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February 21, 2014
Doolin could be missing piece
In what could be Dave Rice's most important season of his young career next year, it was important that he find the right player to hand over the keys to a UNLV program that will be oozing with talent at almost every position.
It seems like Rice got just the man he was looking for on Thursday night.
This will only be a temporary fix, as Cody Doolin will need clearance by the NCAA to play his fourth season of basketball, but the benefits of getting Doolin to be a member of the 2014-15 Runnin' Rebels is worth all the gamble.
Doolin, who started all 103 games and averaged over 30 minutes in each during his time at San Francisco, will be given the responsibility of leading UNLV's uber talented club next year.
Bringing in a highly competitive point guard for his senior year is something that has worked well for the Rebels in the past, so it was a move that Rice was willing to make. UNLV captured lightning in a bottle whenever former head coach, Lon Kruger, brought his son, Kevin, on board from Arizona State for his final collegiate season.
UNLV used Kruger's leadership and determination to help turn the corner during his one year at the school. It was the last time that the Runnin' Rebels have made it to the Sweet 16, before being bounced by Oregon.
This time around the overall nucleus of the Rebel roster is clearly more decorated. What it was missing was someone with experience that could run the UNLV offense and defense the way that Rice requires. It appears that Doolin has the capabilities to do that.
The Rebels currently have a scoring point guard, DeVille Smith, a traditional point guard, DaQuan Cook, and a combo point guard, Kendall Smith. But they don't have a hybrid of the two. And they, especially, don't have one that will take the reigns whenever it is necessary.
Deville Smith started to play much better around Christmas of this year, but has been late for the team bus twice, which forced him to see the opening tip from the sidelines. Cook has never looked comfortable in running the Rebel team for an extended period. The more you watch Kendall Smith play, the more it seems that he is more suited for the off-guard role rather than the lead guard.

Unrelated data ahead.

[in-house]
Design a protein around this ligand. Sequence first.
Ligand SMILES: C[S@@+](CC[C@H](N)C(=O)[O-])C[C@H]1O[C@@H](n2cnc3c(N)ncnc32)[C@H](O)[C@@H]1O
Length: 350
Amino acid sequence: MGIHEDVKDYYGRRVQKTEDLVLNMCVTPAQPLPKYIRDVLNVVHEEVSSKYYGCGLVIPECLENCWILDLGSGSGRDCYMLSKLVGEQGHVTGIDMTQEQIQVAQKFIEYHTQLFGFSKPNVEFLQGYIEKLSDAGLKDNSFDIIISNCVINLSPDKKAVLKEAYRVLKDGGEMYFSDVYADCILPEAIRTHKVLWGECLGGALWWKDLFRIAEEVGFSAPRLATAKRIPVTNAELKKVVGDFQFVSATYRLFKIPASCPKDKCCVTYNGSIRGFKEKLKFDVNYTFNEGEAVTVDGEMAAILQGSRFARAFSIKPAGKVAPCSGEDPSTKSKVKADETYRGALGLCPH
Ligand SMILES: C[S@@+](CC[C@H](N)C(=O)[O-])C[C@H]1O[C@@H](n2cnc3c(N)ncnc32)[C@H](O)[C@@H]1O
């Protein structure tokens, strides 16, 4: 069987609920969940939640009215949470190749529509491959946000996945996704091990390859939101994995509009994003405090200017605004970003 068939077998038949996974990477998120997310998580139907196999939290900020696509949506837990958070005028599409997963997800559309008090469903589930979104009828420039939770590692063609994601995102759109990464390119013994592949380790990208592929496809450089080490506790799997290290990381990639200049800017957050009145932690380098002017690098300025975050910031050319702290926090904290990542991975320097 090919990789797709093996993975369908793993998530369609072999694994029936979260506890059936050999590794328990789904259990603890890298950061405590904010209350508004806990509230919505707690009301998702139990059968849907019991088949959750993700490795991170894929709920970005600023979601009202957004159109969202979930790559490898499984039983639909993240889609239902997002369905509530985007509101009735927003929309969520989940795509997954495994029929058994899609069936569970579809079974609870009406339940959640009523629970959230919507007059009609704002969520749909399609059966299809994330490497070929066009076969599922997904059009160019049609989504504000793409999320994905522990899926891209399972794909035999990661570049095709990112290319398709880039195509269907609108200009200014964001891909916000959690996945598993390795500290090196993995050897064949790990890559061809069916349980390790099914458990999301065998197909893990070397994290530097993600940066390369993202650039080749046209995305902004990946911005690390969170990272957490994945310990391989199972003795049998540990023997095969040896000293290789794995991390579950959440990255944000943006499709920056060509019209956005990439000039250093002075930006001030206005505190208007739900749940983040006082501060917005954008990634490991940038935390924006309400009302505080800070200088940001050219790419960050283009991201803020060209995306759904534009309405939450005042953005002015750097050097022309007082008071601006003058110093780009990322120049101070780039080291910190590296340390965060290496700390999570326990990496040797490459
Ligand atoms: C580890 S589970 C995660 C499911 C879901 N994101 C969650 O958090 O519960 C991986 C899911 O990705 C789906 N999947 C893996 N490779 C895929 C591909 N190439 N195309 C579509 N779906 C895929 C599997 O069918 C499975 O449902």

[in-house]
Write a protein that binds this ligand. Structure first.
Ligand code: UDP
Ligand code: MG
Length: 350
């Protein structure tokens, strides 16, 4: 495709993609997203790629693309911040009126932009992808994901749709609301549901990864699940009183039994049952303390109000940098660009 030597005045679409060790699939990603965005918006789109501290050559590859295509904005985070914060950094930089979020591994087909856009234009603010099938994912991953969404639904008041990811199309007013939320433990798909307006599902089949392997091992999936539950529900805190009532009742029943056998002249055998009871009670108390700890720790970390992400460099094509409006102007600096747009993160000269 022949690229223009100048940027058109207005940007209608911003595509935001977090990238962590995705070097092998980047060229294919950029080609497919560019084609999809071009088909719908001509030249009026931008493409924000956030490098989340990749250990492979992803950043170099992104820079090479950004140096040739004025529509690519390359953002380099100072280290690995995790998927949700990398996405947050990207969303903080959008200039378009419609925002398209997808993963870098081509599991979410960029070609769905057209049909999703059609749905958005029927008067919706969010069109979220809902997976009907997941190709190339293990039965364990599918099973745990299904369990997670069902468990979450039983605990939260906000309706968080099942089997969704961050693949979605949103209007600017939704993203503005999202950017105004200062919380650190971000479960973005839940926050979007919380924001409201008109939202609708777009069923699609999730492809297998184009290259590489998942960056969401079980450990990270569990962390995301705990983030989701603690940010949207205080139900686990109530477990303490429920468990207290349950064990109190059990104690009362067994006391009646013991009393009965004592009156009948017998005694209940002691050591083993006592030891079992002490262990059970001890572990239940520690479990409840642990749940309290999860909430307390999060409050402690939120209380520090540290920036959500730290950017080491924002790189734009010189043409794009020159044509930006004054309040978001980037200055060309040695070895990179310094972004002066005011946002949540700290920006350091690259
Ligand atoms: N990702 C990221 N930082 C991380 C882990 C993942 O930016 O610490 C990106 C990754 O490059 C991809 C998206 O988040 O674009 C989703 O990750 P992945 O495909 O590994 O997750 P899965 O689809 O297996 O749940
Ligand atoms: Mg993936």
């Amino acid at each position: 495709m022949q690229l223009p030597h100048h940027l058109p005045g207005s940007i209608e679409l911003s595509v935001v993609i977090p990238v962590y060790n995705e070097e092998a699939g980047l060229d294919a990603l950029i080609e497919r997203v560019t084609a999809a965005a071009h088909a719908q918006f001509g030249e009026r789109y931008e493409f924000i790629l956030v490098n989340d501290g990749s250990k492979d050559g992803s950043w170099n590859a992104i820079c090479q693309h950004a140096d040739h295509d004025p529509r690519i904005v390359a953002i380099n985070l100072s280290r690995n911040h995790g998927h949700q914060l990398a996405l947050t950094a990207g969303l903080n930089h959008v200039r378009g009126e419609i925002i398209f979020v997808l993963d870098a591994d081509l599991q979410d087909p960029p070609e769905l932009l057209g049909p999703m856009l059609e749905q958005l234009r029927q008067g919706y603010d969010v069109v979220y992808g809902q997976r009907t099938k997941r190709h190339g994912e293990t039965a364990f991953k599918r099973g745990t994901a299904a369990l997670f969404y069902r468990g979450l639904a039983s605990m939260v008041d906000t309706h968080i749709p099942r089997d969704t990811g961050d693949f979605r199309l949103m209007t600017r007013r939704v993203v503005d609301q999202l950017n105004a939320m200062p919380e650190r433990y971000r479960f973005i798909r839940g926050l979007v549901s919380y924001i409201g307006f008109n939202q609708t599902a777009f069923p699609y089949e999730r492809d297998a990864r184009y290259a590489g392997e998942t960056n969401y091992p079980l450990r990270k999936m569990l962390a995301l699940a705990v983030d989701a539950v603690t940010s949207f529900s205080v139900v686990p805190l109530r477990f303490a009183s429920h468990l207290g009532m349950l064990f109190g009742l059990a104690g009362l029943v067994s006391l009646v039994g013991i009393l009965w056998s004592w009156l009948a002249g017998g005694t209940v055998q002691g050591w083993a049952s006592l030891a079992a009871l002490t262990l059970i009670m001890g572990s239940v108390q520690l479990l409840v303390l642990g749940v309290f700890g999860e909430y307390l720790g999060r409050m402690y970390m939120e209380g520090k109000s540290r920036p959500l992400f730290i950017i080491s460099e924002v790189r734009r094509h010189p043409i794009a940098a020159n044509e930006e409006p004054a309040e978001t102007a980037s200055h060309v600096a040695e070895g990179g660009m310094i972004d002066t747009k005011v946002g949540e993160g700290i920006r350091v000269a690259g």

With all this uncertainty at one of the most important positions on the floor, if not the very most critical, Rice made a decision to bring in a player that is experienced, hungry, and determined not to allow his final days as a Don to be his last memory as a college player.
It is well documented that Doolin left the San Francisco program four games into his senior season after a scuffle in practice with a teammate left Doolin injured and re-evaluating his future with the Dons.
In his first four games of the year, Doolin scored 33 points against Nevada and Deonte Burton. The contest prior to that, Doolin dished out 11 assists to his teammates.
A microcosm of this season came for UNLV in its last game against New Mexico. With six minutes left and trailing by 10 points, the Rebels were given a gift when UNM's top player, Cameron Bairstow, picked up his fourth foul.
Rather than attacking Bairstow and forcing Lobos' coach Craig Neal to make a decision about Bairstow's involvement, UNLV proceeded to toss up four straight shots from beyond the arc. It's this type of on-court decision making that has plagued the Rebels all season, especially in close contests.
There was never any doubt about how loaded UNLV is going to be next year. With the addition of top shooting guard, Rashad Vaughn, last week, the Rebels' only had one glaring weakness heading into next year - a playmaking point guard.
Rice appears to have gotten his man.
For more in-depth information, be sure to check out Rebel-Confidential.